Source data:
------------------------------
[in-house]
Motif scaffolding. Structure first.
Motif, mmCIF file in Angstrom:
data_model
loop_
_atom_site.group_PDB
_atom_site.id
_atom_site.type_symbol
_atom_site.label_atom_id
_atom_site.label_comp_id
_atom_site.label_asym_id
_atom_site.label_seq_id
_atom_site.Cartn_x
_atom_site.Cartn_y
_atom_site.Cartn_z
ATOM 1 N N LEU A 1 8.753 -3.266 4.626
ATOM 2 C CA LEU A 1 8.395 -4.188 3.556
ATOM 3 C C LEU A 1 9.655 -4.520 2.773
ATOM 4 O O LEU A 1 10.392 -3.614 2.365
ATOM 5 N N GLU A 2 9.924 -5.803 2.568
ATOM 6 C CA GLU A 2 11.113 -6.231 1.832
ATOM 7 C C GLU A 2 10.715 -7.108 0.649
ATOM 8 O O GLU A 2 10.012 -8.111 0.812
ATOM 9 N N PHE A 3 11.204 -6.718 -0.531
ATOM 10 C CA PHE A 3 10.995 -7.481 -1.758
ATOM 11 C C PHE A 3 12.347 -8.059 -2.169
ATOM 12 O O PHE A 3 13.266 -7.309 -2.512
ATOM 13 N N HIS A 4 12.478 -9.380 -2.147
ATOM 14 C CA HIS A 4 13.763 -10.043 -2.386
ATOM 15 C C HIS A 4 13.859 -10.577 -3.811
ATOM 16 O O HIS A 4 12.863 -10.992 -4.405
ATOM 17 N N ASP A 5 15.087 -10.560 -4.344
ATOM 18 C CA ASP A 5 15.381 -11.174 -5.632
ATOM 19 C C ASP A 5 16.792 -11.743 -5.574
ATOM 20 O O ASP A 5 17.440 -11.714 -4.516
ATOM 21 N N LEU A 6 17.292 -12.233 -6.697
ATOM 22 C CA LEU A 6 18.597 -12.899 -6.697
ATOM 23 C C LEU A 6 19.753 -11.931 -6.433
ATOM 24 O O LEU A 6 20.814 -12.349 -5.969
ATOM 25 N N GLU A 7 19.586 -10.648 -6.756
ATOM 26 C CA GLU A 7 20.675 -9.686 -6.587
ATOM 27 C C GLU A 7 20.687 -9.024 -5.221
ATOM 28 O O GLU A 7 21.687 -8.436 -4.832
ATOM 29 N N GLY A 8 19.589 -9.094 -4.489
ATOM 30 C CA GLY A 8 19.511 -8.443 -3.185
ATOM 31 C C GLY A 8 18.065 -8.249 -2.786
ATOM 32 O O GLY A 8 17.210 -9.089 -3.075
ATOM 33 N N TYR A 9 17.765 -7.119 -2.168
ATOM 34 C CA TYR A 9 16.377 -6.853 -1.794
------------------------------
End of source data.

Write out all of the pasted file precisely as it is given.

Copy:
[in-house]
Motif scaffolding. Structure first.
Motif, mmCIF file in Angstrom:
data_model
loop_
_atom_site.group_PDB
_atom_site.id
_atom_site.type_symbol
_atom_site.label_atom_id
_atom_site.label_comp_id
_atom_site.label_asym_id
_atom_site.label_seq_id
_atom_site.Cartn_x
_atom_site.Cartn_y
_atom_site.Cartn_z
ATOM 1 N N LEU A 1 8.753 -3.266 4.626
ATOM 2 C CA LEU A 1 8.395 -4.188 3.556
ATOM 3 C C LEU A 1 9.655 -4.520 2.773
ATOM 4 O O LEU A 1 10.392 -3.614 2.365
ATOM 5 N N GLU A 2 9.924 -5.803 2.568
ATOM 6 C CA GLU A 2 11.113 -6.231 1.832
ATOM 7 C C GLU A 2 10.715 -7.108 0.649
ATOM 8 O O GLU A 2 10.012 -8.111 0.812
ATOM 9 N N PHE A 3 11.204 -6.718 -0.531
ATOM 10 C CA PHE A 3 10.995 -7.481 -1.758
ATOM 11 C C PHE A 3 12.347 -8.059 -2.169
ATOM 12 O O PHE A 3 13.266 -7.309 -2.512
ATOM 13 N N HIS A 4 12.478 -9.380 -2.147
ATOM 14 C CA HIS A 4 13.763 -10.043 -2.386
ATOM 15 C C HIS A 4 13.859 -10.577 -3.811
ATOM 16 O O HIS A 4 12.863 -10.992 -4.405
ATOM 17 N N ASP A 5 15.087 -10.560 -4.344
ATOM 18 C CA ASP A 5 15.381 -11.174 -5.632
ATOM 19 C C ASP A 5 16.792 -11.743 -5.574
ATOM 20 O O ASP A 5 17.440 -11.714 -4.516
ATOM 21 N N LEU A 6 17.292 -12.233 -6.697
ATOM 22 C CA LEU A 6 18.597 -12.899 -6.697
ATOM 23 C C LEU A 6 19.753 -11.931 -6.433
ATOM 24 O O LEU A 6 20.814 -12.349 -5.969
ATOM 25 N N GLU A 7 19.586 -10.648 -6.756
ATOM 26 C CA GLU A 7 20.675 -9.686 -6.587
ATOM 27 C C GLU A 7 20.687 -9.024 -5.221
ATOM 28 O O GLU A 7 21.687 -8.436 -4.832
ATOM 29 N N GLY A 8 19.589 -9.094 -4.489
ATOM 30 C CA GLY A 8 19.511 -8.443 -3.185
ATOM 31 C C GLY A 8 18.065 -8.249 -2.786
ATOM 32 O O GLY A 8 17.210 -9.089 -3.075
ATOM 33 N N TYR A 9 17.765 -7.119 -2.168
ATOM 34 C CA TYR A 9 16.377 -6.853 -1.794